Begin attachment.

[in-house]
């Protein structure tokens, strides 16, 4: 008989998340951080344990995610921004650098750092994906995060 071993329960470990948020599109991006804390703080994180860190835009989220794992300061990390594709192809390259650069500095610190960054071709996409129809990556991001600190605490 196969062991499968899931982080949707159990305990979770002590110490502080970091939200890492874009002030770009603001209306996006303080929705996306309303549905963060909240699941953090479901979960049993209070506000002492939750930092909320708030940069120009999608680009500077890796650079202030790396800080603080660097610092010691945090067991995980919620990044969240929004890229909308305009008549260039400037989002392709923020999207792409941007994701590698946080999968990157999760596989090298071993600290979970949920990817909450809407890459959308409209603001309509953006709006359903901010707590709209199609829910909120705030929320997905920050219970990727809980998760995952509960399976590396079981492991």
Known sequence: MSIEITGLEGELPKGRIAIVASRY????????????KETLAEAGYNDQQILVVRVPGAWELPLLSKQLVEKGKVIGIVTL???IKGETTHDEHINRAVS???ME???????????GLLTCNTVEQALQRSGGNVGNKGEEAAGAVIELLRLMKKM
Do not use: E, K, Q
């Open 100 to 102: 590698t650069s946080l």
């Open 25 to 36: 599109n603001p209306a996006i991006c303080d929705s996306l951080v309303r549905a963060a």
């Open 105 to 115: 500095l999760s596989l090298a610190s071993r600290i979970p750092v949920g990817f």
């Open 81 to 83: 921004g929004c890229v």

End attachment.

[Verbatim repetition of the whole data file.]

[in-house]
């Protein structure tokens, strides 16, 4: 008989998340951080344990995610921004650098750092994906995060 071993329960470990948020599109991006804390703080994180860190835009989220794992300061990390594709192809390259650069500095610190960054071709996409129809990556991001600190605490 196969062991499968899931982080949707159990305990979770002590110490502080970091939200890492874009002030770009603001209306996006303080929705996306309303549905963060909240699941953090479901979960049993209070506000002492939750930092909320708030940069120009999608680009500077890796650079202030790396800080603080660097610092010691945090067991995980919620990044969240929004890229909308305009008549260039400037989002392709923020999207792409941007994701590698946080999968990157999760596989090298071993600290979970949920990817909450809407890459959308409209603001309509953006709006359903901010707590709209199609829910909120705030929320997905920050219970990727809980998760995952509960399976590396079981492991």
Known sequence: MSIEITGLEGELPKGRIAIVASRY????????????KETLAEAGYNDQQILVVRVPGAWELPLLSKQLVEKGKVIGIVTL???IKGETTHDEHINRAVS???ME???????????GLLTCNTVEQALQRSGGNVGNKGEEAAGAVIELLRLMKKM
Do not use: E, K, Q
């Open 100 to 102: 590698t650069s946080l």
């Open 25 to 36: 599109n603001p209306a996006i991006c303080d929705s996306l951080v309303r549905a963060a």
């Open 105 to 115: 500095l999760s596989l090298a610190s071993r600290i979970p750092v949920g990817f």
């Open 81 to 83: 921004g929004c890229v």